More Business, Less Boothness
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Last week's LinuxWorld Expo in San Francisco was surreal. If you walked in the front door of Moscone's North Hall and looked at only the brand names of the biggest booths on the floor, you might think you were at Comdex '85 or PC Expo '92. Clustered together in sprawling booths at the center of the floor were IBM, HP, Sun, Intel and AMD. All of them were filled with upbeat business folk, talking business trash, showing off third-party stuff and doing deals. For a suitwatcher like me, it was like pulling the trawler over a school of tuna.
The .ORG Pavilion was still there, but minus the pods of geeks lounging on beanbag chairs like sea lions on rocks, hacking away on their laptops. No Nerf gun battles across the booth partitions. Not even much in the way of crowd-pulling, cool new stuff. The closest thing to a major attraction was the Sharp booth, where there was a brisk business in new Zaurus PDAs. One source told me Sharp brought three thousand of the things to the show and sold them all; another source said they brought a thousand units and sold about two hundred. I also heard that HP had a nice graphics something-or-other setup, but I missed it, sticking as closely as I could to the business beat.
Across the board, the suits were happy; it turns out that Linux is very good for business. Even in a down economy, nearly all the numbers for Linux have been pointing up. IBM bragged about having telcom customers using Linux, plus
3,000 IBM ISVs with Linux-enabled applications,5,000 IBM personnel dedicated to supporting Linux, and4,000 Korean Airlines personnel using the company's new flight schedule system running on multiple Linux instances on an IBM zSeries mainframe.
Our own numbers were up too. At the Linux Journal booth, we sold three times as many subscriptions as we'd ever sold at any show.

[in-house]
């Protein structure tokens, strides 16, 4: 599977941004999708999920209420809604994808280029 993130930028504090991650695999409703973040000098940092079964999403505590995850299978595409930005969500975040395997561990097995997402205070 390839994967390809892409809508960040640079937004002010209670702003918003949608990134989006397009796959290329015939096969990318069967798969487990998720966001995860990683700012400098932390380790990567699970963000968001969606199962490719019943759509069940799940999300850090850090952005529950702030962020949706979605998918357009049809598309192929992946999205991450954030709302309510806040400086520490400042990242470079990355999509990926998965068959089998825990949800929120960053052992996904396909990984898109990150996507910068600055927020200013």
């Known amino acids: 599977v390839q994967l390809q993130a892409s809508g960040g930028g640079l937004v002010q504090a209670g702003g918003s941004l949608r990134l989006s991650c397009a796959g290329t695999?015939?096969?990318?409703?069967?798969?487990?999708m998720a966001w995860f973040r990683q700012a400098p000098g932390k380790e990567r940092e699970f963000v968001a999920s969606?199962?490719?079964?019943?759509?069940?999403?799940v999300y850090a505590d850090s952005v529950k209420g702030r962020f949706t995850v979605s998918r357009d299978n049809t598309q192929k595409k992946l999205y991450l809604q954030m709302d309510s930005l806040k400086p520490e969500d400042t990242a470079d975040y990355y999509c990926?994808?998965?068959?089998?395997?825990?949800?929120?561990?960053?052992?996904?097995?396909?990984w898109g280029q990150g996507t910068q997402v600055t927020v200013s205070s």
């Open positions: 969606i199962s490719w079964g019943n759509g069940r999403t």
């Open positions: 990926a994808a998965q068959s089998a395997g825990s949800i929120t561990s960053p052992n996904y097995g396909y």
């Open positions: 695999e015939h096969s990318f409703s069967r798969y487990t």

Attendance was reportedly up 20% over the year before and was its highest level since the first show back in 1999. It was hard to believe that, though, because the crowd was so quiet and the show itself (by my own guess) took up less space than ever, maybe half the total space in the North Hall.
We have an interesting irony here: while Linux gets bigger than ever, and its leading tradeshow gets more popular than ever, the show itself gets physically smaller. So where did all the old booths go?
Well, a lot of companies went out of business with the dot-com crash. A few more left Linux altogether. A few more moved into the Big Boys' booths, which was the case with Ximian and Linuxcare. Leading personalities from both of these companies were on panels and all over the showfloor, but they didn't have booths of their own.
All of this meant that schwag (promotional giveaways) was at an all-time low. I left with a few Zaurus stylus/pens and one light-up rubber ball from...I have no idea--the inherent problem with schwag. I usually bring a whole bag of the stuff home for my 5-year-old. This time I made up for the slim pickings by bringing back a cool magnet building toy called Mags.
But there are plenty of other all-business shows where the schwag is still thick and the noise level is a lot higher. I wondered what was up with LinuxWorld.
Robin "Roblimo" Miller of OSDN still sees smoke rising from where the dot-bomb went off. "We're still dealing with the wreckages of the Internet pump and dump schemes", he said. "The dumpster trucks keep driving up and pulling away." Donald K. Rosenberg, author of Open Source: The Unauthorized White Papers, said, "There's less hype now with the realization that Linux is at work and that there is a lot of it out here. But what we have now is real world excitement, not contrived excitement."